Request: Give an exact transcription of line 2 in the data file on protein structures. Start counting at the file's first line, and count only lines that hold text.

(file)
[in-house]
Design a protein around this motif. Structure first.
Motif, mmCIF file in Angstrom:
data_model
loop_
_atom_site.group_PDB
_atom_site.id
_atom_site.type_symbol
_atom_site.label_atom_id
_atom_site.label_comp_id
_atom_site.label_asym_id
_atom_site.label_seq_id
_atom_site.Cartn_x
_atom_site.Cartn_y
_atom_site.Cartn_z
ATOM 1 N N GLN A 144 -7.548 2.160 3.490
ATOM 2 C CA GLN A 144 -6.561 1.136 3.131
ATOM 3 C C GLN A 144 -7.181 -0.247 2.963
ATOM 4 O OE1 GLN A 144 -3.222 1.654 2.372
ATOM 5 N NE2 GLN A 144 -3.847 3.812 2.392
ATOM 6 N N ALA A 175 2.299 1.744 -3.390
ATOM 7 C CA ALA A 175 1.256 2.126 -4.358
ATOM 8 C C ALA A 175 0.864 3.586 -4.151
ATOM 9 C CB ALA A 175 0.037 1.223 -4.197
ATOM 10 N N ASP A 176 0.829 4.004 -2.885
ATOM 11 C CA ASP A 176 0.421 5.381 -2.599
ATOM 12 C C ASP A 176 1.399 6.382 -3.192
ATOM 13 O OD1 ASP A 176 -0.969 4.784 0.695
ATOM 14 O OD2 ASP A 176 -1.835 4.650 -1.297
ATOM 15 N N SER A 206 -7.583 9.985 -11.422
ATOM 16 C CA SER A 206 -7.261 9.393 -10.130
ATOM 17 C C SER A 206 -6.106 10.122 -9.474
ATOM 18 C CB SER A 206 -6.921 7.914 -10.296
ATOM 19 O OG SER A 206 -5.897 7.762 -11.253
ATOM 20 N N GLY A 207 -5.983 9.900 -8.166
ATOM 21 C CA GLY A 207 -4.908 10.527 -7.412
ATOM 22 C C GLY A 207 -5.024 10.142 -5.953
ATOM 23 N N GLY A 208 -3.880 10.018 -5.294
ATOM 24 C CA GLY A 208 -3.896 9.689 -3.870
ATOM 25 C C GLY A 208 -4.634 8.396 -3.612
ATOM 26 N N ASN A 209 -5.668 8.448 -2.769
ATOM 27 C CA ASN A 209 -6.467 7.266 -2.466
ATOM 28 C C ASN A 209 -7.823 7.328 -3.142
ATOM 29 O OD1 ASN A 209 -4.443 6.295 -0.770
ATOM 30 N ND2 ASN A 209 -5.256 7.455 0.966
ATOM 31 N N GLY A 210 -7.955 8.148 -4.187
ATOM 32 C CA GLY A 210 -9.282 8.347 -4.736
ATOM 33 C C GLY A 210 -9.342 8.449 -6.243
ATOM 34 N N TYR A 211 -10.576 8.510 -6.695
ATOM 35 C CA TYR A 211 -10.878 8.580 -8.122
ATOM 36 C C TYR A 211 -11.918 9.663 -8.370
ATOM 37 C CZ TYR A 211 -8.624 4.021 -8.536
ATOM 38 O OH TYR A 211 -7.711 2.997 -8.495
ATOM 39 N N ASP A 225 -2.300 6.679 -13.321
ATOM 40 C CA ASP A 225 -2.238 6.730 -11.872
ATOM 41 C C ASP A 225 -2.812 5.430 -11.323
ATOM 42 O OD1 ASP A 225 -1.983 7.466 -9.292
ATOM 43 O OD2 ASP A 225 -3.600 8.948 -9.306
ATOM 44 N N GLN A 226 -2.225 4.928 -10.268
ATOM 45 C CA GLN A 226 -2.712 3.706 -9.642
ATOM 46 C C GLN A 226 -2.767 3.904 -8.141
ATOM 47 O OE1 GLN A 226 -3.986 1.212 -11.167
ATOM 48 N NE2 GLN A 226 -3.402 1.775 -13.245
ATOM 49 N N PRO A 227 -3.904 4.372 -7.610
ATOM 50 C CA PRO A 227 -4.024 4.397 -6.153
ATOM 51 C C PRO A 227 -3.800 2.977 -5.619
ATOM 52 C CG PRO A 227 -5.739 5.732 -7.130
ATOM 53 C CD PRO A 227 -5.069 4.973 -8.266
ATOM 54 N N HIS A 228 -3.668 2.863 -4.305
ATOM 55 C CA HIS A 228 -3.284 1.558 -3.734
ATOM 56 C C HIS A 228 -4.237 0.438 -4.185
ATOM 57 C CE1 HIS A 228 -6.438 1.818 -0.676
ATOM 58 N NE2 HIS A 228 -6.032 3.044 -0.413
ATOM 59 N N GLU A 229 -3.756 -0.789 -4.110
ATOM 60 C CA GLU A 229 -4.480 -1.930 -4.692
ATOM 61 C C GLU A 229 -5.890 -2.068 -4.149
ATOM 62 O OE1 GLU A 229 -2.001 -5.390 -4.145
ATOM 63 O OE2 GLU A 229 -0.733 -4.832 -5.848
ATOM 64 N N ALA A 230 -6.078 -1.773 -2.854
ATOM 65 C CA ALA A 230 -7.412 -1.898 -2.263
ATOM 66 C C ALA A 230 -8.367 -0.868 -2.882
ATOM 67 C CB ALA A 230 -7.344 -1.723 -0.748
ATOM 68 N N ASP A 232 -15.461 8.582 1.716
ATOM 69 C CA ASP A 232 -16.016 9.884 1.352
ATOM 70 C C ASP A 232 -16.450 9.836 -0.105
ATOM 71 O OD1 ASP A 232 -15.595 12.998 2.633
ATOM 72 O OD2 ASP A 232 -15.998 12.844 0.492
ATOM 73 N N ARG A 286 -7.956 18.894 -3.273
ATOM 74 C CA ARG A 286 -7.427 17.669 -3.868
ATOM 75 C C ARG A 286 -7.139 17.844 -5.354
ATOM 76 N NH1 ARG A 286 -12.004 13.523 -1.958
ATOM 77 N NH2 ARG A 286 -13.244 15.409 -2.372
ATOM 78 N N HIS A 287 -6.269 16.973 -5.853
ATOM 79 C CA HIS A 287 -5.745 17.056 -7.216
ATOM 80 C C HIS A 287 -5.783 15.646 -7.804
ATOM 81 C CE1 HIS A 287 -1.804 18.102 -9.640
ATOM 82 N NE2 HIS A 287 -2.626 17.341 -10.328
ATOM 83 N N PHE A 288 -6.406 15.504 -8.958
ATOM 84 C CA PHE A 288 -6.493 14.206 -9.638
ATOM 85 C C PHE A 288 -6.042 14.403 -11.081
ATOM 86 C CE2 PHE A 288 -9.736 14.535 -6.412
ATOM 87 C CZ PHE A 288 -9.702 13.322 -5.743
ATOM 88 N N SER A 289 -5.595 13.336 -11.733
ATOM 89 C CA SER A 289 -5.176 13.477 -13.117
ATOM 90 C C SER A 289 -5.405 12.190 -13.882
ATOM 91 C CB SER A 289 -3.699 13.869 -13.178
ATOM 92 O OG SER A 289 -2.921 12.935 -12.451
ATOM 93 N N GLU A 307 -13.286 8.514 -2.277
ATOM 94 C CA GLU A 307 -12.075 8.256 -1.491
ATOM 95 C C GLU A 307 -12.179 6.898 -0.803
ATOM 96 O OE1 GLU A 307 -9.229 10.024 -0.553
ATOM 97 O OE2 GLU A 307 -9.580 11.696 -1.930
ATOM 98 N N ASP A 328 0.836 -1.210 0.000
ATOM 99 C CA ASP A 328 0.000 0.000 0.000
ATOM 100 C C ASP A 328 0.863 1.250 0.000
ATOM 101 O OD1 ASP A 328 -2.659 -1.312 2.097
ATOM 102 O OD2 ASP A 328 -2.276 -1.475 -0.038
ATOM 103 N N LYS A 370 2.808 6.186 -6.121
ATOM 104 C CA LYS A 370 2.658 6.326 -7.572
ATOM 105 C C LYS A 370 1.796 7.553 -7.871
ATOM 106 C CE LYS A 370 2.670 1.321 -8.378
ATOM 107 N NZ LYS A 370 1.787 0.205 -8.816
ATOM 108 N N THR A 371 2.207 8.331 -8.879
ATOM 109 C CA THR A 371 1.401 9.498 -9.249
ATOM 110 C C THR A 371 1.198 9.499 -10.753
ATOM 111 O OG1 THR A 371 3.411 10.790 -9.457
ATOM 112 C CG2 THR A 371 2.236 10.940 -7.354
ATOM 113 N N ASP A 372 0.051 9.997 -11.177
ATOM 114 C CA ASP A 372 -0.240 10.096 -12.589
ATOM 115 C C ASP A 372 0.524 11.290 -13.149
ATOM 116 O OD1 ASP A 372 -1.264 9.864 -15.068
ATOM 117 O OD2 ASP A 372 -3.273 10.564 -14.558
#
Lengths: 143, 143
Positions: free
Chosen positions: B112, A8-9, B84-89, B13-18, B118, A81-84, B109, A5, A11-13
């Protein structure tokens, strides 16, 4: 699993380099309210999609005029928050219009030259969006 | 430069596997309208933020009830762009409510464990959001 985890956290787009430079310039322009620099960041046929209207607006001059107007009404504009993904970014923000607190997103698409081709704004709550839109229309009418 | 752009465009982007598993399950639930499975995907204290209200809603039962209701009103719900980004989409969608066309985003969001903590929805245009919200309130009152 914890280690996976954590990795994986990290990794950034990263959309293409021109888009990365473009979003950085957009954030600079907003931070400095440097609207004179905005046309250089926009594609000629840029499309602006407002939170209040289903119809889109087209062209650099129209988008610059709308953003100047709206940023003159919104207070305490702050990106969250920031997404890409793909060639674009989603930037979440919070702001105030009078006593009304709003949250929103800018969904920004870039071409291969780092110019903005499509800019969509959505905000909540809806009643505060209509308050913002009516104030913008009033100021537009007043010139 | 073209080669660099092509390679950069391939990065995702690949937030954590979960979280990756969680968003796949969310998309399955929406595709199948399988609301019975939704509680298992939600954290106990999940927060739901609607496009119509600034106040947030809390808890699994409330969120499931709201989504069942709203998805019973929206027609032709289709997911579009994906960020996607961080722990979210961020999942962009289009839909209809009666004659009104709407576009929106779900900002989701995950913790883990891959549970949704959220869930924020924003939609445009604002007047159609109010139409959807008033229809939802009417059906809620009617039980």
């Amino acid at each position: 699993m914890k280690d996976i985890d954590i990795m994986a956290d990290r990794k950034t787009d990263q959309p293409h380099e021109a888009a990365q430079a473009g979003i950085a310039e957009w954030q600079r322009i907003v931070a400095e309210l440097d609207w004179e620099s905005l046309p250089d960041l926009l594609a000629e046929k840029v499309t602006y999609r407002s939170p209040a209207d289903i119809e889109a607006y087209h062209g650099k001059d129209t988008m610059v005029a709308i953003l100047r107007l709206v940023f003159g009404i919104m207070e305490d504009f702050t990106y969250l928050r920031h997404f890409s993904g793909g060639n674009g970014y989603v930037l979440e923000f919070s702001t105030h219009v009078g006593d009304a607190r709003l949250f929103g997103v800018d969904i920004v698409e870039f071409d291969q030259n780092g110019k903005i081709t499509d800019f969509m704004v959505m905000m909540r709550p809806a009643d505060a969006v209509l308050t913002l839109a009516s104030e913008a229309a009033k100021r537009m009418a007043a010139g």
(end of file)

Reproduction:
Design a protein around this motif. Structure first.